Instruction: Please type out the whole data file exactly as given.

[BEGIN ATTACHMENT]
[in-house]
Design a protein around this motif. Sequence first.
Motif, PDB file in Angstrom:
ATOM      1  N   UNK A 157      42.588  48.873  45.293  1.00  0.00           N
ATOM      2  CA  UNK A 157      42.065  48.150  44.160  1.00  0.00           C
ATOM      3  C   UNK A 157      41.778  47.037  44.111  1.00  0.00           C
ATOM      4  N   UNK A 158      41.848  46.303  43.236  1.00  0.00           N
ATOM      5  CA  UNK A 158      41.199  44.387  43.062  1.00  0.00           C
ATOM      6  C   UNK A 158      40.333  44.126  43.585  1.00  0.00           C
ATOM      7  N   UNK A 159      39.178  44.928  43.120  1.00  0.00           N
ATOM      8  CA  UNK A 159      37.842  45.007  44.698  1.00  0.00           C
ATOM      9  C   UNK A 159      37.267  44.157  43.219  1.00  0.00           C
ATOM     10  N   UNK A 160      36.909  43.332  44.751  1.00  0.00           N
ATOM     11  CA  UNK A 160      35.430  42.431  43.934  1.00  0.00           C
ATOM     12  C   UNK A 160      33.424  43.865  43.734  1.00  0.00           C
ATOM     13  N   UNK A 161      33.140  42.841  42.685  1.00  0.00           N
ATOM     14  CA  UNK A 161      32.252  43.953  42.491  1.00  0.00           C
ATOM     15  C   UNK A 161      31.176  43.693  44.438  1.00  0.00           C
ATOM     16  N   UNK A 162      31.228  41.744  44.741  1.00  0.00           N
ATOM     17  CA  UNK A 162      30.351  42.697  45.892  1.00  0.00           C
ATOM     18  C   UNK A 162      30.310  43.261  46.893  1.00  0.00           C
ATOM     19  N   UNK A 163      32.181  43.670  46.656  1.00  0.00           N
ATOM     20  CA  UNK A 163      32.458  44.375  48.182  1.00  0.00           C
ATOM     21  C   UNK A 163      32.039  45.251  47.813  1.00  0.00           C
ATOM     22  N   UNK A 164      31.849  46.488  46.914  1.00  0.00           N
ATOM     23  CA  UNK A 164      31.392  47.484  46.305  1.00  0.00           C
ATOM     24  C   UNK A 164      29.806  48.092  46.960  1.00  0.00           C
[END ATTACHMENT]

[in-house]
Design a protein around this motif. Sequence first.
Motif, PDB file in Angstrom:
ATOM      1  N   UNK A 157      42.588  48.873  45.293  1.00  0.00           N
ATOM      2  CA  UNK A 157      42.065  48.150  44.160  1.00  0.00           C
ATOM      3  C   UNK A 157      41.778  47.037  44.111  1.00  0.00           C
ATOM      4  N   UNK A 158      41.848  46.303  43.236  1.00  0.00           N
ATOM      5  CA  UNK A 158      41.199  44.387  43.062  1.00  0.00           C
ATOM      6  C   UNK A 158      40.333  44.126  43.585  1.00  0.00           C
ATOM      7  N   UNK A 159      39.178  44.928  43.120  1.00  0.00           N
ATOM      8  CA  UNK A 159      37.842  45.007  44.698  1.00  0.00           C
ATOM      9  C   UNK A 159      37.267  44.157  43.219  1.00  0.00           C
ATOM     10  N   UNK A 160      36.909  43.332  44.751  1.00  0.00           N
ATOM     11  CA  UNK A 160      35.430  42.431  43.934  1.00  0.00           C
ATOM     12  C   UNK A 160      33.424  43.865  43.734  1.00  0.00           C
ATOM     13  N   UNK A 161      33.140  42.841  42.685  1.00  0.00           N
ATOM     14  CA  UNK A 161      32.252  43.953  42.491  1.00  0.00           C
ATOM     15  C   UNK A 161      31.176  43.693  44.438  1.00  0.00           C
ATOM     16  N   UNK A 162      31.228  41.744  44.741  1.00  0.00           N
ATOM     17  CA  UNK A 162      30.351  42.697  45.892  1.00  0.00           C
ATOM     18  C   UNK A 162      30.310  43.261  46.893  1.00  0.00           C
ATOM     19  N   UNK A 163      32.181  43.670  46.656  1.00  0.00           N
ATOM     20  CA  UNK A 163      32.458  44.375  48.182  1.00  0.00           C
ATOM     21  C   UNK A 163      32.039  45.251  47.813  1.00  0.00           C
ATOM     22  N   UNK A 164      31.849  46.488  46.914  1.00  0.00           N
ATOM     23  CA  UNK A 164      31.392  47.484  46.305  1.00  0.00           C
ATOM     24  C   UNK A 164      29.806  48.092  46.960  1.00  0.00           C